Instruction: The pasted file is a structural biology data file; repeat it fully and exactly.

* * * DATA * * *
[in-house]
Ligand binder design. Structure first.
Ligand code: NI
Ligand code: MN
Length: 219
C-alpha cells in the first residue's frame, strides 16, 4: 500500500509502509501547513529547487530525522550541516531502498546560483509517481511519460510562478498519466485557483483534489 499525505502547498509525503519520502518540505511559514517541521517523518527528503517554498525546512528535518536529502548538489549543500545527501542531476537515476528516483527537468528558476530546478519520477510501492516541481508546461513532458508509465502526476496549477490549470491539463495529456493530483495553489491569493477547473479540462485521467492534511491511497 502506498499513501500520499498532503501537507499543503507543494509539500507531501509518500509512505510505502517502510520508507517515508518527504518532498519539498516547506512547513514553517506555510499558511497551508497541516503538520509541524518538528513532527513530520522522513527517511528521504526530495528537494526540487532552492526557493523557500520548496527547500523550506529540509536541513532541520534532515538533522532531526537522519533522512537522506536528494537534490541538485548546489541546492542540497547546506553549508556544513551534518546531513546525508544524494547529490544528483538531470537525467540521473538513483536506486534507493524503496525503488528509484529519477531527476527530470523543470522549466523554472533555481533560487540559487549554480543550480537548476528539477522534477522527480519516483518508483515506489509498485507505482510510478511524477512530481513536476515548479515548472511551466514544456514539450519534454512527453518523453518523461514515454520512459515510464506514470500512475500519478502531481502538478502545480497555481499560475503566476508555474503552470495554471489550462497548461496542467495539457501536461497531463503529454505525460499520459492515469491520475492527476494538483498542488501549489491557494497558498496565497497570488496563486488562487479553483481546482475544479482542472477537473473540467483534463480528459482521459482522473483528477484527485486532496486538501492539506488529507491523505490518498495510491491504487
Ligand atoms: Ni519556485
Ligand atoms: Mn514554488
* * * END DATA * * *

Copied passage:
[in-house]
Ligand binder design. Structure first.
Ligand code: NI
Ligand code: MN
Length: 219
C-alpha cells in the first residue's frame, strides 16, 4: 500500500509502509501547513529547487530525522550541516531502498546560483509517481511519460510562478498519466485557483483534489 499525505502547498509525503519520502518540505511559514517541521517523518527528503517554498525546512528535518536529502548538489549543500545527501542531476537515476528516483527537468528558476530546478519520477510501492516541481508546461513532458508509465502526476496549477490549470491539463495529456493530483495553489491569493477547473479540462485521467492534511491511497 502506498499513501500520499498532503501537507499543503507543494509539500507531501509518500509512505510505502517502510520508507517515508518527504518532498519539498516547506512547513514553517506555510499558511497551508497541516503538520509541524518538528513532527513530520522522513527517511528521504526530495528537494526540487532552492526557493523557500520548496527547500523550506529540509536541513532541520534532515538533522532531526537522519533522512537522506536528494537534490541538485548546489541546492542540497547546506553549508556544513551534518546531513546525508544524494547529490544528483538531470537525467540521473538513483536506486534507493524503496525503488528509484529519477531527476527530470523543470522549466523554472533555481533560487540559487549554480543550480537548476528539477522534477522527480519516483518508483515506489509498485507505482510510478511524477512530481513536476515548479515548472511551466514544456514539450519534454512527453518523453518523461514515454520512459515510464506514470500512475500519478502531481502538478502545480497555481499560475503566476508555474503552470495554471489550462497548461496542467495539457501536461497531463503529454505525460499520459492515469491520475492527476494538483498542488501549489491557494497558498496565497497570488496563486488562487479553483481546482475544479482542472477537473473540467483534463480528459482521459482522473483528477484527485486532496486538501492539506488529507491523505490518498495510491491504487
Ligand atoms: Ni519556485
Ligand atoms: Mn514554488